Minnesota DWI Vehicle Forfeiture
Vehicle forfeiture often is one of the most startling and penalizing consequences of a DWI incident.
Pursuant to Minn. Stat. § 169A.63, police agencies have authority to seize permanentlyany vehicle used in the commission of First Degree DWI, Second Degree DWI, or any DWI occurring when the driver’s privileges are Canceled IPS (inimical to public safety) or when the driver has a B Card License (prohibiting the use of alcohol or drugs). Vehicle forfeiture occurs regardless of how valuable the vehicle is or whether there is a loan on the vehicle. At times, the police will not commence forfeiture of a vehicle that has a value of less than $1,000 or that is owned by an innocent party who did not commit the alleged DWI offense. At other times, the police by error or omission will fail to forfeit a vehicle that is otherwise subject to forfeit. However, that error can be corrected by the prosecuting authority at a later date.
Generally, vehicle forfeiture does not occur in a first-time DWI offense. To be charged with Second Degree DWI or Second Degree Test Refusal, a driver must have a prior DWI offense within the previous 10 years. To be charged with First Degree DWI, a driver must have three prior offenses within the 10-year period or have a prior felony DWI conviction in the driver’s lifetime. However, forfeiture can occur in a first-time incident under rare circumstances when a driver either refuses chemical testing or has a reported alcohol concentration of 0.16 or more, and has a child under age 16 in the car.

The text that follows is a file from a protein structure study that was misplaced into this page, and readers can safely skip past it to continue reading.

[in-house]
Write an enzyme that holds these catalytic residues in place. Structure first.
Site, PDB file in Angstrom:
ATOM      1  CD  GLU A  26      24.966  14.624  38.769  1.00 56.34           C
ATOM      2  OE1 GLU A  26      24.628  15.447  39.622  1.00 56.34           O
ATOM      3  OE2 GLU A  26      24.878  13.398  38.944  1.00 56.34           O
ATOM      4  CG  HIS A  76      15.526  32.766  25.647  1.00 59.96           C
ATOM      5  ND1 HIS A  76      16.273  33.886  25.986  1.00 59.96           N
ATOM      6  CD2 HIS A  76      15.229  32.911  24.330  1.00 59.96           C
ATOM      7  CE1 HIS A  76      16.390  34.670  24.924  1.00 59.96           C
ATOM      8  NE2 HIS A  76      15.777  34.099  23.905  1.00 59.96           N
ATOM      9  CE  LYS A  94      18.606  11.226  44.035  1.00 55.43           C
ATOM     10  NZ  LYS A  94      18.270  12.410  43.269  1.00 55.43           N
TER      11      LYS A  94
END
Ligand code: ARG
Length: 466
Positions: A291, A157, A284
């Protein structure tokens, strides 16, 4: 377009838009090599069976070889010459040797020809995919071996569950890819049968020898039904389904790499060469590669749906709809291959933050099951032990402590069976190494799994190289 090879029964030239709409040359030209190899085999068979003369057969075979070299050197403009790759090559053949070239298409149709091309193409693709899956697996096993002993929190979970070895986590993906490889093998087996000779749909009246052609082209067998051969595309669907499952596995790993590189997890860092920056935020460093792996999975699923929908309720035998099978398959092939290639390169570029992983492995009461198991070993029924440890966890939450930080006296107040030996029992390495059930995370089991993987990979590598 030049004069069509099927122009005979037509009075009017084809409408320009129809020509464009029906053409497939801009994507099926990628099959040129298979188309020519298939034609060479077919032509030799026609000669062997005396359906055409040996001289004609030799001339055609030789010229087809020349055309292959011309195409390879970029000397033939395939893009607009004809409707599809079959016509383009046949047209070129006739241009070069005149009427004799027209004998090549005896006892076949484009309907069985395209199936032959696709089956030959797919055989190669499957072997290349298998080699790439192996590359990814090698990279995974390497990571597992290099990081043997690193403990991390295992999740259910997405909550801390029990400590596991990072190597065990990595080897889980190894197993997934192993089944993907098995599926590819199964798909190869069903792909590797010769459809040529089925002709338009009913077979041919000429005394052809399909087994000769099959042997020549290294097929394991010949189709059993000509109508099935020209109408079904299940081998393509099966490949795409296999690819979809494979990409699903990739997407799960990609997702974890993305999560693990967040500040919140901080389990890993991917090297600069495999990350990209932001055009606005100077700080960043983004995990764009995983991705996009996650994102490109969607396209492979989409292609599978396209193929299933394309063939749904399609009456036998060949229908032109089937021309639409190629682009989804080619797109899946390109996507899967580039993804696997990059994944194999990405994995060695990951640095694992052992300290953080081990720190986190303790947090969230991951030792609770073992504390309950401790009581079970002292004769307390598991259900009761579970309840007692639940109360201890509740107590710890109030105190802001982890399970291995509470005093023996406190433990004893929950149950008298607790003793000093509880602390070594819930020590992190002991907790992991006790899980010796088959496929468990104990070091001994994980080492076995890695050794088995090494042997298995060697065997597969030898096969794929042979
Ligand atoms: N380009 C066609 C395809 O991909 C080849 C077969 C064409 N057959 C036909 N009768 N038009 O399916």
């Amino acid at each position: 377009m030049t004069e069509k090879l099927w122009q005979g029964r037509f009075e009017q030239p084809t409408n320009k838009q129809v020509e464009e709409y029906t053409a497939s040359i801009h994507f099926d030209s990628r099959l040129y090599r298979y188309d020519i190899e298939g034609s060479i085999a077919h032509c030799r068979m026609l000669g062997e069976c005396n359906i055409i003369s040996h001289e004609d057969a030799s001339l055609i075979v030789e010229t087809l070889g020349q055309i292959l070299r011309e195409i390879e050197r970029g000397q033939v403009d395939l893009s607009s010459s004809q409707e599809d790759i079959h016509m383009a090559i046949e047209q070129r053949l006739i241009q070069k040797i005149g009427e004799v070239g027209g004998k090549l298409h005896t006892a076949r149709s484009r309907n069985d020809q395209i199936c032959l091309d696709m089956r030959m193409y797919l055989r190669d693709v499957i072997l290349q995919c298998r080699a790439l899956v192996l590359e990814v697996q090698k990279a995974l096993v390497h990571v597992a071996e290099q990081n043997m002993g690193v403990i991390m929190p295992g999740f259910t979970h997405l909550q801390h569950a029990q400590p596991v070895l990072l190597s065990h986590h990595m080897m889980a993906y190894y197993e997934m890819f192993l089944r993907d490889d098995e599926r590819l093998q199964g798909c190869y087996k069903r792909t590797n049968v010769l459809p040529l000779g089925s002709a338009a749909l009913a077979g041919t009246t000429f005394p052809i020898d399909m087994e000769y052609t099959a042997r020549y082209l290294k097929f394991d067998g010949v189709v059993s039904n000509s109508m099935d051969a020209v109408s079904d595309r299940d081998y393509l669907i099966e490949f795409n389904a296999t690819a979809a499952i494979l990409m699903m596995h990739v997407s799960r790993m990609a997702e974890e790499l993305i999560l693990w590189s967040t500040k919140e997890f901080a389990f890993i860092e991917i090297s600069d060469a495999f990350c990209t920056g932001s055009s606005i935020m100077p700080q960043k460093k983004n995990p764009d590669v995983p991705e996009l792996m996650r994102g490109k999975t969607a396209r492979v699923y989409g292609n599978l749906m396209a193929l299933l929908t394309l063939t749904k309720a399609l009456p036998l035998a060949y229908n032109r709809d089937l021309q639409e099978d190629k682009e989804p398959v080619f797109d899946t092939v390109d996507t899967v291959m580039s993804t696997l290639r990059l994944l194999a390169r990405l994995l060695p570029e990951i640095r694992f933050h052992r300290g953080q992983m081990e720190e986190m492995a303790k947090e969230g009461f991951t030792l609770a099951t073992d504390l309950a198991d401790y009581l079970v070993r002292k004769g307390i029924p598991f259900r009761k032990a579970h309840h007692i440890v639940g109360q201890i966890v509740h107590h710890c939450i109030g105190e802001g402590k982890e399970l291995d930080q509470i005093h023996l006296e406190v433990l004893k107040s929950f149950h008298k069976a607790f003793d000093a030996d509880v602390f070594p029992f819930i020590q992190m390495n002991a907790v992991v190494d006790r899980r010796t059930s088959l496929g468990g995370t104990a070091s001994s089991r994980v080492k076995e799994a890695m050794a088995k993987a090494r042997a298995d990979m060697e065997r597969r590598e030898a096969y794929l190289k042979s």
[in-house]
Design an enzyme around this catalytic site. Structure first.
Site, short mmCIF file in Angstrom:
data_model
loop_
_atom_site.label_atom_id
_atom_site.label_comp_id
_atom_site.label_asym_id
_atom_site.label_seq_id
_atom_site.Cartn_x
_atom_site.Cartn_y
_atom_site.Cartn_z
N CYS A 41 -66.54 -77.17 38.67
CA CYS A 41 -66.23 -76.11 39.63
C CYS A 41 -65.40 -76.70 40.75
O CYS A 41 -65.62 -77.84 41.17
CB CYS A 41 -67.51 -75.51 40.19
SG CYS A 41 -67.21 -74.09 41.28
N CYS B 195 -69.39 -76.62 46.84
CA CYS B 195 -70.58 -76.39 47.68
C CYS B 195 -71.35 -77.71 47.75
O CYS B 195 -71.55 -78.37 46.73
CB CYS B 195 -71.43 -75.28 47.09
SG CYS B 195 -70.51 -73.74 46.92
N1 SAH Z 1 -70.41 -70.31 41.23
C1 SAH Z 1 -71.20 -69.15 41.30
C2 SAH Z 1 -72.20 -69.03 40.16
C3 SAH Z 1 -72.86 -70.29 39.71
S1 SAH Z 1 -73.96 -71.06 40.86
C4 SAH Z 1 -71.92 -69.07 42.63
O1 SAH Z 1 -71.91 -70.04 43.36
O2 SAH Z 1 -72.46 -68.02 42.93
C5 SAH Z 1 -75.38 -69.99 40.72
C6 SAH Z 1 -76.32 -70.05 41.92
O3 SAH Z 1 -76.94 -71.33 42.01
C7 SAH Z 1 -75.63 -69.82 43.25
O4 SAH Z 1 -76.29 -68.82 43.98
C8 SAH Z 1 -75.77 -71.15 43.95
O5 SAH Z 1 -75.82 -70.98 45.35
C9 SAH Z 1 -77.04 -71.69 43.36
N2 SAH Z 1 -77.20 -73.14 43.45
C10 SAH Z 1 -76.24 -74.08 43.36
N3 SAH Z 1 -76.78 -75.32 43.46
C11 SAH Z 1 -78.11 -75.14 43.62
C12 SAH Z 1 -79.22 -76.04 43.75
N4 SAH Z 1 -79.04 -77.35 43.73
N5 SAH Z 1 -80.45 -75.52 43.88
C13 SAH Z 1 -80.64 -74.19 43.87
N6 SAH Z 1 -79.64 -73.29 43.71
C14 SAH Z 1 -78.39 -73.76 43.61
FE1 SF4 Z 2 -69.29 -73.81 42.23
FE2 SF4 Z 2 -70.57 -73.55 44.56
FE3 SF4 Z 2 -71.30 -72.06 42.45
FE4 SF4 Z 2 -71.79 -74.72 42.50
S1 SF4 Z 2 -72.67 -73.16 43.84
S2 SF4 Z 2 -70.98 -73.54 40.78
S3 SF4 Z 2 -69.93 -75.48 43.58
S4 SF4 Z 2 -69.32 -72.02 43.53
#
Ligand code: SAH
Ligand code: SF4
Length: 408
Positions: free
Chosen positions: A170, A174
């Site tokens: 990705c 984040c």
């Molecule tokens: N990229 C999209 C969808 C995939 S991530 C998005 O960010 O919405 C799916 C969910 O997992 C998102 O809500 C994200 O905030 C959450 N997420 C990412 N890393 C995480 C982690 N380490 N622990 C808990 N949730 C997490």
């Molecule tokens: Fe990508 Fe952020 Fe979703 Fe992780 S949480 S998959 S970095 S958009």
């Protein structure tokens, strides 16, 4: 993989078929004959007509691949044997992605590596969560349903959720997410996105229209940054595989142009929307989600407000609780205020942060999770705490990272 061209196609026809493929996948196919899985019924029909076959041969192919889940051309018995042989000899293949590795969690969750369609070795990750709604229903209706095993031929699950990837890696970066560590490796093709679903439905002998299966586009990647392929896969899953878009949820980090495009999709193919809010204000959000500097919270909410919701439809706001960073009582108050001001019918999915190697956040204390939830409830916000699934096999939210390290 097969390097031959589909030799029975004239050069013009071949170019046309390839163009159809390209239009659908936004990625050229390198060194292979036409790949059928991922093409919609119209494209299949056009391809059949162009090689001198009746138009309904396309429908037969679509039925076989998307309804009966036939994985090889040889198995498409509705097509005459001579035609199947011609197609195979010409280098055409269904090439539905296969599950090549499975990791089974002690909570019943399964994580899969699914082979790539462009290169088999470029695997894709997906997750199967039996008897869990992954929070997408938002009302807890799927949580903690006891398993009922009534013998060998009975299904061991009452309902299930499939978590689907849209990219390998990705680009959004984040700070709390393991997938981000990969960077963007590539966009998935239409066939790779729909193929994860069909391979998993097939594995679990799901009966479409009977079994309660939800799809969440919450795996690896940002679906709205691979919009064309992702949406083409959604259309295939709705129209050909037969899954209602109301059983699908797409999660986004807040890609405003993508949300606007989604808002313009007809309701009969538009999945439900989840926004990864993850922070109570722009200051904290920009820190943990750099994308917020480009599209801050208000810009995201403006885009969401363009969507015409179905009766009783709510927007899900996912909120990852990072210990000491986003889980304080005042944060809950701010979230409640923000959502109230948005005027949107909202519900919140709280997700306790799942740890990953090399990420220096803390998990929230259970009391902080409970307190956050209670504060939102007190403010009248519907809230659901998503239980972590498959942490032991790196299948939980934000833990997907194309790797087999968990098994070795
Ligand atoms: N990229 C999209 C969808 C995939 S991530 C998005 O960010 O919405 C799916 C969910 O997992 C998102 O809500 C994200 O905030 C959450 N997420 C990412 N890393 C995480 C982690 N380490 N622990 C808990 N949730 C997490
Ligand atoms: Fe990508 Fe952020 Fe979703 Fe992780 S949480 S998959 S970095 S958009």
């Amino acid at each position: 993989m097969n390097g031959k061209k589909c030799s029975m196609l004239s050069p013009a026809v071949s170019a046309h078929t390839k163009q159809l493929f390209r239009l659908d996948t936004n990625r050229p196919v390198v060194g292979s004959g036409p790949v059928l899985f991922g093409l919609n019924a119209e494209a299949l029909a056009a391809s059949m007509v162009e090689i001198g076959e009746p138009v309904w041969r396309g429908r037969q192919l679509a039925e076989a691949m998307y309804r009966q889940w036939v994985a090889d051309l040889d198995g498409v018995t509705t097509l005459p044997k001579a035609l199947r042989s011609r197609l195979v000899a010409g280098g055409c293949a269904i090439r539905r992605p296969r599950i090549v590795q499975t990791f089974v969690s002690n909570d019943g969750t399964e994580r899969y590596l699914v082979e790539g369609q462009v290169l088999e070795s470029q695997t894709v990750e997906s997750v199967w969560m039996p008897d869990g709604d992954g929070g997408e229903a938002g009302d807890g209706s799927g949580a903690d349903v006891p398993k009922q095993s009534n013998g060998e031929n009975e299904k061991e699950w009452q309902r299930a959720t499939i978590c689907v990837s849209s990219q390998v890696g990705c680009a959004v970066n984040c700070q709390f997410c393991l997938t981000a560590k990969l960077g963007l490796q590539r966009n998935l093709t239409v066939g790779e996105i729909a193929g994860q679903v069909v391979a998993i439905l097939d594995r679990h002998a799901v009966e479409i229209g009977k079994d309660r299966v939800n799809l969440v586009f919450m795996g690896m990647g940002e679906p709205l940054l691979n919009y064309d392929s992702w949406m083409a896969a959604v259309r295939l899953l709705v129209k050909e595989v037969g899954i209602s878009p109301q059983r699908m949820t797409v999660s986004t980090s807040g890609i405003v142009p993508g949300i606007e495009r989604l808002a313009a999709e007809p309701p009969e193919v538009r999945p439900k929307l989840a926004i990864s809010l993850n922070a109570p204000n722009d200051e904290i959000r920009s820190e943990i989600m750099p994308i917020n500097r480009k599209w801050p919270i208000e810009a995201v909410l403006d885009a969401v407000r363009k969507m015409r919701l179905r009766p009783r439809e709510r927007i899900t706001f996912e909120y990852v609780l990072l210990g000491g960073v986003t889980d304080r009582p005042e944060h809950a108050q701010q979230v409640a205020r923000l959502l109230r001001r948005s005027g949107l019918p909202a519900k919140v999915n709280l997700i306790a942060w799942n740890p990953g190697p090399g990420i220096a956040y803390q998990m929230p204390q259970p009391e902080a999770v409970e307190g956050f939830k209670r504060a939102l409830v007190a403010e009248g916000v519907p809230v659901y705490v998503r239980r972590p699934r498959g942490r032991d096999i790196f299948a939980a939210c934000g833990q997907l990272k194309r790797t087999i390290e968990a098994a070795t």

60 Days to Challenge DWI Vehicle Forfeiture in Court
After receiving notice of vehicle forfeiture, the owner of the vehicle has just 60 days to challenge vehicle forfeiture in court. Vehicle owners can challenge the forfeiture in conciliation court if the value of the vehicle is under $15,000. For vehicles worth more than $15,000, drivers must challenge the forfeiture in district court. Whether filed in conciliation or district court, the action must be served and filed appropriately within the 60-day deadline.
Specifically, the owner must serve the complaint upon the prosecuting authority and arresting agency and file an affidavit of service within the 60-day deadline. If the complaint is not served and filed correctly, the action likely will be dismissed because the court lacks jurisdiction.
Administrative Notice of Vehicle Forfeiture
DWI vehicle forfeitures can be initiated by law enforcement and prosecutors in two ways. First and most common, an arresting officer will issue the owner an administrative notice of vehicle forfeiture commonly titled “Notice of Seizure and Intent to Forfeit Vehicle.” This is done on the day of arrest or soon thereafter if the alleged offender is not the owner. The notice states that the owner has 60 days to challenge the forfeiture in court. In this scenario, the police impound the vehicle and place a hold on it, prohibiting the owner from getting the vehicle out of the impound lot. Ordinarily, the police agency will allow the owner to retrieve personal items from the forfeited vehicle.
Judicial Forfeiture Commenced by Complaint